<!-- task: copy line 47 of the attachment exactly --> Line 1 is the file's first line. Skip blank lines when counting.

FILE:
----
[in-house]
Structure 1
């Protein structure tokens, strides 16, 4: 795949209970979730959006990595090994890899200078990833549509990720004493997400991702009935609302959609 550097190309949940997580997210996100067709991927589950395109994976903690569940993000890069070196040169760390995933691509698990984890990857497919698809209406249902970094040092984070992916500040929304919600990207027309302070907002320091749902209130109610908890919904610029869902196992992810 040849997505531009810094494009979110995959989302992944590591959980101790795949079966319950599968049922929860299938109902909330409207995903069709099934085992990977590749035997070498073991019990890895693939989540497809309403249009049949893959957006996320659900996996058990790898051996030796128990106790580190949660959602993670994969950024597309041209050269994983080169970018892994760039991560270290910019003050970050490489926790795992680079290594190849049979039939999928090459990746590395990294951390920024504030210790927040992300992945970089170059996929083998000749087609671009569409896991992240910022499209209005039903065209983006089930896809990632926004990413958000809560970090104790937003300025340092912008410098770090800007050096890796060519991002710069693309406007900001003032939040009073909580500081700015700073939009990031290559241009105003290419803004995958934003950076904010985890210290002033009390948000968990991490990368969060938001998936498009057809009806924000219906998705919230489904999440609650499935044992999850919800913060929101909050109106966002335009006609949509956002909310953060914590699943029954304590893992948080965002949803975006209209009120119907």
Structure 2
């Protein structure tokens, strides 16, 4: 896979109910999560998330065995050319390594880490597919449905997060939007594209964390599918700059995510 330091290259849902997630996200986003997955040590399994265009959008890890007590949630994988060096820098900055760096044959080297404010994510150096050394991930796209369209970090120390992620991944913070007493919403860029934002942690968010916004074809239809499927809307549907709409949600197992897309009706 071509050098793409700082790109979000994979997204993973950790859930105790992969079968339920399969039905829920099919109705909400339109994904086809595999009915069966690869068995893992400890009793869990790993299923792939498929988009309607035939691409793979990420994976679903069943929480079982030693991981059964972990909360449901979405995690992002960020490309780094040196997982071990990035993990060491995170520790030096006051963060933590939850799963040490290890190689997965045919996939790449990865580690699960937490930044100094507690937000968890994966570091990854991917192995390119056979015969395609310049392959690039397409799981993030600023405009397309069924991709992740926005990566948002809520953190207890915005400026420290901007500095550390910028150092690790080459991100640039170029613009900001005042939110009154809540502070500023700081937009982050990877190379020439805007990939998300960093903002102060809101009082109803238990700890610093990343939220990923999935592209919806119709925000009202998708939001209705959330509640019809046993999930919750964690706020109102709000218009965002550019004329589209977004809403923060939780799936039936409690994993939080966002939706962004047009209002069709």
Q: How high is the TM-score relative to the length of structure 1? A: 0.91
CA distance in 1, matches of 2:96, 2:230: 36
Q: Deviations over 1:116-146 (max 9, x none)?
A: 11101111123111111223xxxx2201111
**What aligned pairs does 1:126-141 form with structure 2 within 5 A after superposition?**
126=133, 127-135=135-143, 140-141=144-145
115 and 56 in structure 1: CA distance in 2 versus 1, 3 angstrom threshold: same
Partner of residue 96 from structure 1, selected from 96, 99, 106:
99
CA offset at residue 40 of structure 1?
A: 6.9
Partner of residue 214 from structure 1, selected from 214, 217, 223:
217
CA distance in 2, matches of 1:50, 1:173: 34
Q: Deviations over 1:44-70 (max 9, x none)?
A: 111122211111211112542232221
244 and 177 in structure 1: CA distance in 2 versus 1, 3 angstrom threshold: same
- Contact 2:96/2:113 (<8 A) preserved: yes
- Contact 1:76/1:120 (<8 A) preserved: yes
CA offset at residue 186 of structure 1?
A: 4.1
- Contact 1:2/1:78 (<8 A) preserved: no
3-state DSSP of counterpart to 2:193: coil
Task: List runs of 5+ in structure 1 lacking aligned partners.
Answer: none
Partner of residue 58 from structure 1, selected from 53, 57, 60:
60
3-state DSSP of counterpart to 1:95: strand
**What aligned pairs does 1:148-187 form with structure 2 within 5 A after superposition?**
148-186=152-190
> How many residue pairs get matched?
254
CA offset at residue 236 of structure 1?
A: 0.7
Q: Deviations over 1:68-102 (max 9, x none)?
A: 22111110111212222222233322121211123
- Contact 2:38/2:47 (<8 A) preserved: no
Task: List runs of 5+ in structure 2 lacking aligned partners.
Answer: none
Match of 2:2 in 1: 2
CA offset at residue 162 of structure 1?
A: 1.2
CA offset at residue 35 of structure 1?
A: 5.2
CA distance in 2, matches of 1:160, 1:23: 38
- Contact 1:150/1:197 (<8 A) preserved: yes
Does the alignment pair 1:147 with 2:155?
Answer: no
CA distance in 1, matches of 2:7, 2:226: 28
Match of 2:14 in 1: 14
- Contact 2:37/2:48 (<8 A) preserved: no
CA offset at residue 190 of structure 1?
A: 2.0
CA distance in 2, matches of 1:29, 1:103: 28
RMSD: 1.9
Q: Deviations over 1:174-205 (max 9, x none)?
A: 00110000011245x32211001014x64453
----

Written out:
A: 1.2